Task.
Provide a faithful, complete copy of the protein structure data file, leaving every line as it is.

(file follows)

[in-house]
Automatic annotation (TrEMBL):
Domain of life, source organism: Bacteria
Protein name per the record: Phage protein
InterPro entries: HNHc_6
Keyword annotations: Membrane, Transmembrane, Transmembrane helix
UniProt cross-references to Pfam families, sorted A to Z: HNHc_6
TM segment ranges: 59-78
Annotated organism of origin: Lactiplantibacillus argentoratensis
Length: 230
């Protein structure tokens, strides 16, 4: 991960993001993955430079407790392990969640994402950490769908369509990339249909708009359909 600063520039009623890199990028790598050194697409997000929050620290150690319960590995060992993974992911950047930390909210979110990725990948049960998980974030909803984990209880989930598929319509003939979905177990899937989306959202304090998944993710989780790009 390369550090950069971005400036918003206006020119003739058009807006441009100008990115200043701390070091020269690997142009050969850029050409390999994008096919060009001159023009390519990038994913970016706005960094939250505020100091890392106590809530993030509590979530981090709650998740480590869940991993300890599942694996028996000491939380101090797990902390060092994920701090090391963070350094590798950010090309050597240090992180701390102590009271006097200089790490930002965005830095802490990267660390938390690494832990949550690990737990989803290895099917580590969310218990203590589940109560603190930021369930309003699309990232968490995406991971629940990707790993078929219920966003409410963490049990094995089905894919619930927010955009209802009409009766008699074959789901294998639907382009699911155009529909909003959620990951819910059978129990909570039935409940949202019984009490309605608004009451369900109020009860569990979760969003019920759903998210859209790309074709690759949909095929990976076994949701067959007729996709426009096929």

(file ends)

[in-house]
Automatic annotation (TrEMBL):
Domain of life, source organism: Bacteria
Protein name per the record: Phage protein
InterPro entries: HNHc_6
Keyword annotations: Membrane, Transmembrane, Transmembrane helix
UniProt cross-references to Pfam families, sorted A to Z: HNHc_6
TM segment ranges: 59-78
Annotated organism of origin: Lactiplantibacillus argentoratensis
Length: 230
């Protein structure tokens, strides 16, 4: 991960993001993955430079407790392990969640994402950490769908369509990339249909708009359909 600063520039009623890199990028790598050194697409997000929050620290150690319960590995060992993974992911950047930390909210979110990725990948049960998980974030909803984990209880989930598929319509003939979905177990899937989306959202304090998944993710989780790009 390369550090950069971005400036918003206006020119003739058009807006441009100008990115200043701390070091020269690997142009050969850029050409390999994008096919060009001159023009390519990038994913970016706005960094939250505020100091890392106590809530993030509590979530981090709650998740480590869940991993300890599942694996028996000491939380101090797990902390060092994920701090090391963070350094590798950010090309050597240090992180701390102590009271006097200089790490930002965005830095802490990267660390938390690494832990949550690990737990989803290895099917580590969310218990203590589940109560603190930021369930309003699309990232968490995406991971629940990707790993078929219920966003409410963490049990094995089905894919619930927010955009209802009409009766008699074959789901294998639907382009699911155009529909909003959620990951819910059978129990909570039935409940949202019984009490309605608004009451369900109020009860569990979760969003019920759903998210859209790309074709690759949909095929990976076994949701067959007729996709426009096929």